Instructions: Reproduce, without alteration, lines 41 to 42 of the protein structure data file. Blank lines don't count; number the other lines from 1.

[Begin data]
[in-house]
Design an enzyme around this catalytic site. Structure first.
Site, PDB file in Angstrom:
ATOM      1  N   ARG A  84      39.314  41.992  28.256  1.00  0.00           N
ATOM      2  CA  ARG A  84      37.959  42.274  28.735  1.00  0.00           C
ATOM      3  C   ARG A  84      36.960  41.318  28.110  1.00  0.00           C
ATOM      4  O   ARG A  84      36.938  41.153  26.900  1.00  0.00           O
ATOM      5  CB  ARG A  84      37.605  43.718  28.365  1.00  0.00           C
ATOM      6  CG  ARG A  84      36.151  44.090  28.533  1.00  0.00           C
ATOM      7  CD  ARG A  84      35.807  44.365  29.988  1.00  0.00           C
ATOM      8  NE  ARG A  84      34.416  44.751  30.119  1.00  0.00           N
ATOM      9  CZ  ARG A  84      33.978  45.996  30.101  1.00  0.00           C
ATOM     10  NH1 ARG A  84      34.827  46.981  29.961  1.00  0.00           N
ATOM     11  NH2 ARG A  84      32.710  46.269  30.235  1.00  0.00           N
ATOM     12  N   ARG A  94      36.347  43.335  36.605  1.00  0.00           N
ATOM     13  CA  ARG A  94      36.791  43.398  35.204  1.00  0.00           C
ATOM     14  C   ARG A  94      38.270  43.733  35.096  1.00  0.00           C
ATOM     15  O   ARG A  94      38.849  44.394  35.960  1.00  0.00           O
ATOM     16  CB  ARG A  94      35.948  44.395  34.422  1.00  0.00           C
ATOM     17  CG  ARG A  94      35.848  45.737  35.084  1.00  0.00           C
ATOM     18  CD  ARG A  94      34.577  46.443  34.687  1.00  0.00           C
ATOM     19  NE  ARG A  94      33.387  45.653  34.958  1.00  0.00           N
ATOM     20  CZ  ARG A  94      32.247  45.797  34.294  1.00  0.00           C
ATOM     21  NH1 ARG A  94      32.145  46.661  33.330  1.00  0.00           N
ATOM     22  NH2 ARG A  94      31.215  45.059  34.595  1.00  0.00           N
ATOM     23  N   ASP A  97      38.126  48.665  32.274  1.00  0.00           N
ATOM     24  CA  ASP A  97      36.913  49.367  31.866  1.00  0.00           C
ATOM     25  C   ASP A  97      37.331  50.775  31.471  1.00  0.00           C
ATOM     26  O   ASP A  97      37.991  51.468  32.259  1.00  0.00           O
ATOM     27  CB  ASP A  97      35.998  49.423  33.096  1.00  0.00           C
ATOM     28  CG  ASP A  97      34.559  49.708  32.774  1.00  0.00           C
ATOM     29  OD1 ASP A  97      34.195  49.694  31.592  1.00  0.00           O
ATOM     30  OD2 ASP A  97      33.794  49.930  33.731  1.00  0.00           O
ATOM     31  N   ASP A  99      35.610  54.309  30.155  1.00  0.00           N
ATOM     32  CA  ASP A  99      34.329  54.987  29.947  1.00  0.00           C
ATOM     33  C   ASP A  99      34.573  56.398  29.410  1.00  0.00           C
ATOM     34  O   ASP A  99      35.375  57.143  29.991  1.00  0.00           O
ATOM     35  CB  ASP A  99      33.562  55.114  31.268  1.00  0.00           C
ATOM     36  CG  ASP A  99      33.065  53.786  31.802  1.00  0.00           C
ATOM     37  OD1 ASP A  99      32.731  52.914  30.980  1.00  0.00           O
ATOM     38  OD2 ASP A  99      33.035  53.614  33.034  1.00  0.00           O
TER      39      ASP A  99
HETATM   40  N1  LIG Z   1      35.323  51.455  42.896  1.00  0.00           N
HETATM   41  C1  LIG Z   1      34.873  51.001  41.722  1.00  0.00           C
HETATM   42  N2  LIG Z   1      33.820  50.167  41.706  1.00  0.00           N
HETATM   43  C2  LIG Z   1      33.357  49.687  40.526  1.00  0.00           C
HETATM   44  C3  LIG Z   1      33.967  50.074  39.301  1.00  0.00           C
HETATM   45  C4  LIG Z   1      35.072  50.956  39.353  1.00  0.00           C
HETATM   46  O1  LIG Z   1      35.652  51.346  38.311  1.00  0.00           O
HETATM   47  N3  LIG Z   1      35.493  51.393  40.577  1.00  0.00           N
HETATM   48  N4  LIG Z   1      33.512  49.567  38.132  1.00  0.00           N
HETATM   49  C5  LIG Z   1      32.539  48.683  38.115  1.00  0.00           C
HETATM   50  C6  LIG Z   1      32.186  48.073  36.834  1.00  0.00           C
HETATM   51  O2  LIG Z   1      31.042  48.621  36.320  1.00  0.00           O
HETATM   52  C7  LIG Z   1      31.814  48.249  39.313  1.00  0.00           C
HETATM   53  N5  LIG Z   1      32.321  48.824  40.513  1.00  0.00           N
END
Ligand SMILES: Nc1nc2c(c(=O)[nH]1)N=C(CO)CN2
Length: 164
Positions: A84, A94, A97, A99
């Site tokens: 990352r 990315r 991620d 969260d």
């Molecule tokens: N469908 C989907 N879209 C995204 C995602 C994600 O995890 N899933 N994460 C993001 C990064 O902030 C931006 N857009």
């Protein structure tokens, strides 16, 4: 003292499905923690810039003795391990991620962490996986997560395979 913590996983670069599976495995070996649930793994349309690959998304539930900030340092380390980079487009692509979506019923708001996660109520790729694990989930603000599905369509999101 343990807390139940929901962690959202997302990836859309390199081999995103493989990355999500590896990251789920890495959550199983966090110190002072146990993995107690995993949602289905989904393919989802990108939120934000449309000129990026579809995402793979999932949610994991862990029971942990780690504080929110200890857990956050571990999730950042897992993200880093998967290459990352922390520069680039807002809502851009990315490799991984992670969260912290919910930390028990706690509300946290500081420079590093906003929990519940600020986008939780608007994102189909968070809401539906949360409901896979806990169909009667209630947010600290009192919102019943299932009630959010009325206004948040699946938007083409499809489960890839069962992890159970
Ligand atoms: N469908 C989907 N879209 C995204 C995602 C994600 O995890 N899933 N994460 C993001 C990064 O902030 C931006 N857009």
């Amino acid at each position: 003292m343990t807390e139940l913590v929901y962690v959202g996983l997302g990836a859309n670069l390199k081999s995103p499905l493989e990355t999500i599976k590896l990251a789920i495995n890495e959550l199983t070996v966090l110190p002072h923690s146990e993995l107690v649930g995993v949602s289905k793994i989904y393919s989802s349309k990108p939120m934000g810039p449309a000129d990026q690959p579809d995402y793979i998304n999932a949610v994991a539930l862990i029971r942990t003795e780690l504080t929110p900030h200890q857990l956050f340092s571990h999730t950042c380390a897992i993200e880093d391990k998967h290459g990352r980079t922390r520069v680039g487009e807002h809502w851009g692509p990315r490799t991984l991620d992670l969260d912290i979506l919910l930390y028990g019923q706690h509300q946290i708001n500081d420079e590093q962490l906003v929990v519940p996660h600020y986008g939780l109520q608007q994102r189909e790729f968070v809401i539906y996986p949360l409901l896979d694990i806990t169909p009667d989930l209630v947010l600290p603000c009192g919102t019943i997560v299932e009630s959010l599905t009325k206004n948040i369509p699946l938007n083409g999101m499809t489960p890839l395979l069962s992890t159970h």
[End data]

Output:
ATOM     38  OD2 ASP A  99      33.035  53.614  33.034  1.00  0.00           O
TER      39      ASP A  99